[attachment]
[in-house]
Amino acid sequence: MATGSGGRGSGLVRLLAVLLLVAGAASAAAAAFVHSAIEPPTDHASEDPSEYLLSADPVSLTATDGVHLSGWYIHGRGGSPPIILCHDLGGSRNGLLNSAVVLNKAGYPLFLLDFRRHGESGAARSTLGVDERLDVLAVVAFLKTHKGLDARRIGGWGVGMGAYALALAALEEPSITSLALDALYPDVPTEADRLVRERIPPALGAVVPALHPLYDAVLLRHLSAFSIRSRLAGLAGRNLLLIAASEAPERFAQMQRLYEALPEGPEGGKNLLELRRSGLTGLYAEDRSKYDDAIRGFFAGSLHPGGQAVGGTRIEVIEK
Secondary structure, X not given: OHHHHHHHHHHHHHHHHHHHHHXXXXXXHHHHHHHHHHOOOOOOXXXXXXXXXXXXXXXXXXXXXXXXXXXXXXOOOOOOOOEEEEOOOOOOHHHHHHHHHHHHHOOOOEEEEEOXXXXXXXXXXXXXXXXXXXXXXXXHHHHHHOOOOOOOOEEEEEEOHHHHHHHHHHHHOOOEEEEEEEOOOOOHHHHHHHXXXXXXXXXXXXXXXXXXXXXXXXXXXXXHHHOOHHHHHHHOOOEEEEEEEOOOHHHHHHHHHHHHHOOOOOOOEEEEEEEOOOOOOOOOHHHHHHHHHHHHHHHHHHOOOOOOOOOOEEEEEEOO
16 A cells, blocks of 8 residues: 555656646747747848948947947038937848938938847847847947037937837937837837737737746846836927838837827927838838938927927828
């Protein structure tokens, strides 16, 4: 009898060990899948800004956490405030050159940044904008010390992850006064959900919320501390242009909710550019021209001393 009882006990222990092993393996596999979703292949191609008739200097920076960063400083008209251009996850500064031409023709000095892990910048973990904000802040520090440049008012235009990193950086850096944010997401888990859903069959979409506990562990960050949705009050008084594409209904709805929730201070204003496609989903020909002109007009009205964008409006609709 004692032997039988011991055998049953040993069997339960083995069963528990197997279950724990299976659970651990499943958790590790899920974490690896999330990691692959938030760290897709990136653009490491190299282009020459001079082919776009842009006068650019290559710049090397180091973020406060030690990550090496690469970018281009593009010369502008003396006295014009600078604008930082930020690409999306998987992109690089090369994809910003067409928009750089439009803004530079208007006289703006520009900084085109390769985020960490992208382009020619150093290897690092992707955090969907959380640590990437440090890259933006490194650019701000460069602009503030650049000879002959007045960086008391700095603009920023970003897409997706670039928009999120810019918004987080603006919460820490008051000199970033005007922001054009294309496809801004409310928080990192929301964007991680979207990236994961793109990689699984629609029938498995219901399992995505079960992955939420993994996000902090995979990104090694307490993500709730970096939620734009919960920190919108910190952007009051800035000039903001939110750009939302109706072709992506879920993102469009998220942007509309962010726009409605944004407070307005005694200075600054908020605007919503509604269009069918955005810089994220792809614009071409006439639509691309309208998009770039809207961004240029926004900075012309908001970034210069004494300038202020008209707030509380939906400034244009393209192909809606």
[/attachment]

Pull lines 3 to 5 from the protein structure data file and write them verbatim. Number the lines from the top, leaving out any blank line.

Secondary structure, X not given: OHHHHHHHHHHHHHHHHHHHHHXXXXXXHHHHHHHHHHOOOOOOXXXXXXXXXXXXXXXXXXXXXXXXXXXXXXOOOOOOOOEEEEOOOOOOHHHHHHHHHHHHHOOOOEEEEEOXXXXXXXXXXXXXXXXXXXXXXXXHHHHHHOOOOOOOOEEEEEEOHHHHHHHHHHHHOOOEEEEEEEOOOOOHHHHHHHXXXXXXXXXXXXXXXXXXXXXXXXXXXXXHHHOOHHHHHHHOOOEEEEEEEOOOHHHHHHHHHHHHHOOOOOOOEEEEEEEOOOOOOOOOHHHHHHHHHHHHHHHHHHOOOOOOOOOOEEEEEEOO
16 A cells, blocks of 8 residues: 555656646747747848948947947038937848938938847847847947037937837937837837737737746846836927838837827927838838938927927828
């Protein structure tokens, strides 16, 4: 009898060990899948800004956490405030050159940044904008010390992850006064959900919320501390242009909710550019021209001393 009882006990222990092993393996596999979703292949191609008739200097920076960063400083008209251009996850500064031409023709000095892990910048973990904000802040520090440049008012235009990193950086850096944010997401888990859903069959979409506990562990960050949705009050008084594409209904709805929730201070204003496609989903020909002109007009009205964008409006609709 004692032997039988011991055998049953040993069997339960083995069963528990197997279950724990299976659970651990499943958790590790899920974490690896999330990691692959938030760290897709990136653009490491190299282009020459001079082919776009842009006068650019290559710049090397180091973020406060030690990550090496690469970018281009593009010369502008003396006295014009600078604008930082930020690409999306998987992109690089090369994809910003067409928009750089439009803004530079208007006289703006520009900084085109390769985020960490992208382009020619150093290897690092992707955090969907959380640590990437440090890259933006490194650019701000460069602009503030650049000879002959007045960086008391700095603009920023970003897409997706670039928009999120810019918004987080603006919460820490008051000199970033005007922001054009294309496809801004409310928080990192929301964007991680979207990236994961793109990689699984629609029938498995219901399992995505079960992955939420993994996000902090995979990104090694307490993500709730970096939620734009919960920190919108910190952007009051800035000039903001939110750009939302109706072709992506879920993102469009998220942007509309962010726009409605944004407070307005005694200075600054908020605007919503509604269009069918955005810089994220792809614009071409006439639509691309309208998009770039809207961004240029926004900075012309908001970034210069004494300038202020008209707030509380939906400034244009393209192909809606």